Wednesday, November 30, 2005

Fidelity in Names

I haven’t been able to produce a VRP post in the last month or so, but I have successfully used the word “ubiquitous” several times in conversation. The beauty of the Project has not been blog-ally affirmed lately, but it has remained with me just the same.

The main cause of my eloquent silence has been my overly-intense semester, which has necessitated excessive essays and research. In my spare time, I find myself running to fiction (and basketball) for escape, rather than musing about how I could have improved the syntax of my latest paper.

I have, however, gained an even deeper appreciation for strong vocabulary, if that’s possible. When I was researching the early Christian apologist Tertullian, I came across this quotation:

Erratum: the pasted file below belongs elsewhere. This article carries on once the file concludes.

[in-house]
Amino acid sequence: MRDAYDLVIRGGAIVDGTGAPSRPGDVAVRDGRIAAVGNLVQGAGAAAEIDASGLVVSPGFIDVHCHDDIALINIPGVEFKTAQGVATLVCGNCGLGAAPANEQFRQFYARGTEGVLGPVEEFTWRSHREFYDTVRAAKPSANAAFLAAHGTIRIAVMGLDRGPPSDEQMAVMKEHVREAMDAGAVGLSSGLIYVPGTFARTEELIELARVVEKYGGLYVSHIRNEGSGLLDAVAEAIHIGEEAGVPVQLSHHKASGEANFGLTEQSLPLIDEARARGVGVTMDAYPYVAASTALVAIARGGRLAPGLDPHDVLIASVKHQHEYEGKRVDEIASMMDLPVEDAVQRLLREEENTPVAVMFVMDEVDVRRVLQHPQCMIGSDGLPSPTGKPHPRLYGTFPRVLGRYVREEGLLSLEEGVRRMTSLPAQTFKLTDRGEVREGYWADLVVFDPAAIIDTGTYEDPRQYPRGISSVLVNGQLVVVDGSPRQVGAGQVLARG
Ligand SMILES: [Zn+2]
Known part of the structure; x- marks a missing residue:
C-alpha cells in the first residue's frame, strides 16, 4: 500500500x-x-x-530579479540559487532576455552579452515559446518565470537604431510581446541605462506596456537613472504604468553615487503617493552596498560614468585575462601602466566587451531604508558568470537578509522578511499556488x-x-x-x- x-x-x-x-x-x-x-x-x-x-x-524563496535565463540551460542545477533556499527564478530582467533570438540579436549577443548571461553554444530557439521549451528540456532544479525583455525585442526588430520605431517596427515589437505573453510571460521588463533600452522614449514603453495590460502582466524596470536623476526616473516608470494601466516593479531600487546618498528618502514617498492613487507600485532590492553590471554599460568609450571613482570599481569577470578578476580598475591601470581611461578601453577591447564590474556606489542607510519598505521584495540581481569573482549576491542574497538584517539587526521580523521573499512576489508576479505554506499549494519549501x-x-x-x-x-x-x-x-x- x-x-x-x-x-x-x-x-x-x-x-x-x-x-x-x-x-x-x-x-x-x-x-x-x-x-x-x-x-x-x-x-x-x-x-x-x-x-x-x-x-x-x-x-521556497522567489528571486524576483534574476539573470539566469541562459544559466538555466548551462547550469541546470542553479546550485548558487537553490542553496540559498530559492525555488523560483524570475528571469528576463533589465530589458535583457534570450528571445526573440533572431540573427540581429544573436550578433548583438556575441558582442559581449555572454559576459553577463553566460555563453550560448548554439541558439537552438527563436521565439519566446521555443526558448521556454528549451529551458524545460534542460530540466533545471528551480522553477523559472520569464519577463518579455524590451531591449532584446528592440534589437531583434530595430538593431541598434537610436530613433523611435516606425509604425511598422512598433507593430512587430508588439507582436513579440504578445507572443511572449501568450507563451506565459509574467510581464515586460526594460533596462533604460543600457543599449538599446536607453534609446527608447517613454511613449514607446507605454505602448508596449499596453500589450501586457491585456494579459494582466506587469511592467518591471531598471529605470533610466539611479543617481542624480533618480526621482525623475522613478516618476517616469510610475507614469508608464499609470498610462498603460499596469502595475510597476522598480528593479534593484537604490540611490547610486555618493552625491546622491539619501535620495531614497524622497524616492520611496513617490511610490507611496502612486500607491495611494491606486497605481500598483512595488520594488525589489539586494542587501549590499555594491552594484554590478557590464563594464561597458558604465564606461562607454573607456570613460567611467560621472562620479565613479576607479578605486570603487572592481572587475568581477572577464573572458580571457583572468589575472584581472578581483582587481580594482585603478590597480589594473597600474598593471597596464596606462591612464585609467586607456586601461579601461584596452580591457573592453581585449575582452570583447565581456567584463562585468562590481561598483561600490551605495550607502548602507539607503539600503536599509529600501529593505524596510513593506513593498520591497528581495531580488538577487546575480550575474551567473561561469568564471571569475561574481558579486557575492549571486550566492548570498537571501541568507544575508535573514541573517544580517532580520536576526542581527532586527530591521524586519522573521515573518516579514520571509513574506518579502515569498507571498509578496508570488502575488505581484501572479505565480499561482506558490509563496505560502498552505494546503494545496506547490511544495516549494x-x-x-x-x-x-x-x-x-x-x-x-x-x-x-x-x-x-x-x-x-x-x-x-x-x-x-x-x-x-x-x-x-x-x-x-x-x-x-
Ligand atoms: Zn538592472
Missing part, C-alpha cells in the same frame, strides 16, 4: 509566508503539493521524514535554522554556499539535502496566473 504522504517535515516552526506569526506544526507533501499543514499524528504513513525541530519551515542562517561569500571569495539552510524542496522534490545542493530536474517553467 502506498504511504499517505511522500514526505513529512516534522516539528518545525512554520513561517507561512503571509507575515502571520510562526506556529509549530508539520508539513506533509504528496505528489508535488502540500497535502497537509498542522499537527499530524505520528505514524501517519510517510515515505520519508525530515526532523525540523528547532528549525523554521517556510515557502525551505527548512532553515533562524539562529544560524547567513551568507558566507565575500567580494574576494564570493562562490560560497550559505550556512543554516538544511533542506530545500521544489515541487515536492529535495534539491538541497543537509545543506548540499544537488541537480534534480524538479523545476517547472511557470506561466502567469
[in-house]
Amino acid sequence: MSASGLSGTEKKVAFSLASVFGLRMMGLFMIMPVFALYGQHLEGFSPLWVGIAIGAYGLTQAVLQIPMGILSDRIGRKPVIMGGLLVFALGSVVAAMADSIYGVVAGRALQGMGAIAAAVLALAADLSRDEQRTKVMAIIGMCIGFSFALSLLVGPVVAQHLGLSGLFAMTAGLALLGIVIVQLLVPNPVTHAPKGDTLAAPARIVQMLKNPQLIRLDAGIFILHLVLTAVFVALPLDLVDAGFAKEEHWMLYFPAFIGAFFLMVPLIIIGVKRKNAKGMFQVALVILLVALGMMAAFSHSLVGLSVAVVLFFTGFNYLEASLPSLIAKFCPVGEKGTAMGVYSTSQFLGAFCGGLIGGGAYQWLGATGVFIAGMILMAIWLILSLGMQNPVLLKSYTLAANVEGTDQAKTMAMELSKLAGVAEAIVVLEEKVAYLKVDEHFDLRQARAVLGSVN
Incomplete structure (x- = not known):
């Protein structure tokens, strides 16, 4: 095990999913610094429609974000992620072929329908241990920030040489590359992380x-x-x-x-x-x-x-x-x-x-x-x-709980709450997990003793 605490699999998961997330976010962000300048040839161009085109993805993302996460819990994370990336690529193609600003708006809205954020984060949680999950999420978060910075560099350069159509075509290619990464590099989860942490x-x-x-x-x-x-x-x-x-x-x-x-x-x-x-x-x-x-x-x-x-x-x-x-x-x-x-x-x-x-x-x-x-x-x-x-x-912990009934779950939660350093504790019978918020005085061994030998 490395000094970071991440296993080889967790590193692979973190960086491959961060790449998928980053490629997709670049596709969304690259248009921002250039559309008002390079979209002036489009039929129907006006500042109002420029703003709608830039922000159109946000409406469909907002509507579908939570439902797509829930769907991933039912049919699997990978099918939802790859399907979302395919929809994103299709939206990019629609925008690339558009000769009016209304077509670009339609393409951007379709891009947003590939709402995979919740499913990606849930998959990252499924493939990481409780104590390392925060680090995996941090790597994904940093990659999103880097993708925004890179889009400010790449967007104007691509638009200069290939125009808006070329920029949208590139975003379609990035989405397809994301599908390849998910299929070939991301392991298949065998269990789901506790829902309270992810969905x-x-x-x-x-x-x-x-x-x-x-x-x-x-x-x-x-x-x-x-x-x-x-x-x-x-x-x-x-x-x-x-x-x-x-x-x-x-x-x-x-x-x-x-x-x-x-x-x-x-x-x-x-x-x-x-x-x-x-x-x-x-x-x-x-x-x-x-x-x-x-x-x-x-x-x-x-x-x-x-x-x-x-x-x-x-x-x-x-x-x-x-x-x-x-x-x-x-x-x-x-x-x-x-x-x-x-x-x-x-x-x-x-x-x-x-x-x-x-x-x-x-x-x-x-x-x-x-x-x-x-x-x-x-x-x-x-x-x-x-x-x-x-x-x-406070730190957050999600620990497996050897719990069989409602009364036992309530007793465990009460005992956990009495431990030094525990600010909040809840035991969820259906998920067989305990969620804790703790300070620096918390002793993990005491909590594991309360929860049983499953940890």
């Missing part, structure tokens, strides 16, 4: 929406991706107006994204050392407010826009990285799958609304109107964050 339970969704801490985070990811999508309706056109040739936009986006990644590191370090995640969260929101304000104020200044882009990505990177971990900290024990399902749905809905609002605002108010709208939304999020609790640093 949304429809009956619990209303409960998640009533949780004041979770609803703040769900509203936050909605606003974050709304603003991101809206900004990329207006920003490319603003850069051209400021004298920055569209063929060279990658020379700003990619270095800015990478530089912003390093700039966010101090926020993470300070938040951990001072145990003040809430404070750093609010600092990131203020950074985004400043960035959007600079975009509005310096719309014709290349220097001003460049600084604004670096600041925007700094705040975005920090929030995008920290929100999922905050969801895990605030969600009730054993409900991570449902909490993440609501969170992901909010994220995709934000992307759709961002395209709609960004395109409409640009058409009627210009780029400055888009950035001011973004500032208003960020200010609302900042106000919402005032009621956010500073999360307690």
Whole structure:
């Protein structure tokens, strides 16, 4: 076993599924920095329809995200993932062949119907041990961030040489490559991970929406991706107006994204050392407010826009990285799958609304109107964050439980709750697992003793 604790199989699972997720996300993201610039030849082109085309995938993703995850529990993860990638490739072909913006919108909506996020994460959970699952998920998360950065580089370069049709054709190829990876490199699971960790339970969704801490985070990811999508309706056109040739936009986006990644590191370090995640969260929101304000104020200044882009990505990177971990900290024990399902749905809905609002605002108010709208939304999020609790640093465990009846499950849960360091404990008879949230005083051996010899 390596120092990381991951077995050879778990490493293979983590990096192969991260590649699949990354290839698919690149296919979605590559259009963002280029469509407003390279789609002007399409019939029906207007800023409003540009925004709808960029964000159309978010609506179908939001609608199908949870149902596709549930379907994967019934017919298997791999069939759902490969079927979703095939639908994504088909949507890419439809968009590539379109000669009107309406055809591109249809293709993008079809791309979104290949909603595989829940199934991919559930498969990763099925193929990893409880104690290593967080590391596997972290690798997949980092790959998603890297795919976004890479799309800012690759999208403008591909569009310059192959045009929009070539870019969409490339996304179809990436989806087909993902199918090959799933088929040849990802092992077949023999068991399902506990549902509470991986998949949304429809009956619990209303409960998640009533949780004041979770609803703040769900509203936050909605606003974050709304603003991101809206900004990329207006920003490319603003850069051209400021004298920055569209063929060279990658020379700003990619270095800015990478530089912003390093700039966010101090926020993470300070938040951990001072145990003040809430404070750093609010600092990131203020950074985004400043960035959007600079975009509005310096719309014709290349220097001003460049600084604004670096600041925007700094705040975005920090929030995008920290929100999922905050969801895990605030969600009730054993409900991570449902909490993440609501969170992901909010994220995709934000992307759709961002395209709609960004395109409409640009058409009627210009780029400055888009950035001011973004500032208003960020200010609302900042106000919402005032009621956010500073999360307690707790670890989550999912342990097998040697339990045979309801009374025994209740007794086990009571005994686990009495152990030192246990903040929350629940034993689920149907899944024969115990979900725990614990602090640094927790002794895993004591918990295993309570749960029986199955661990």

All things will be in danger of being taken in a sense different from their own proper sense, and, whilst taken in that different sense, of losing their proper one, if they are called by a name which differs from their natural designation. Fidelity in names secures the safe appreciation of properties.

Tertullian’s writing arguably could have benefited from shorter sentences (I almost inserted a period), but his point is indubitably sharp-edged. Fidelity in names. And what is language, if not a system of names for everything? A web with myriads of threads, designed to catch and hold, momentarily, each element and act and feeling in the world? Contemplating vocabulary in terms of truthful naming is a bracing zephyr for a tired wordsmith.

On another front, I’ve been thinking about the attractiveness of having co-authors. I’m curious whether any of you would be interested in slapping up a post here at the VRP. If you think you have it in you (and having performed exhaustive background checks on the Project’s members, I know you do), please let me know. I’d welcome the company. It can get lonely here at the top of the lingual world, so speak up.

And in the meantime, pursue accuracy in your name-calling.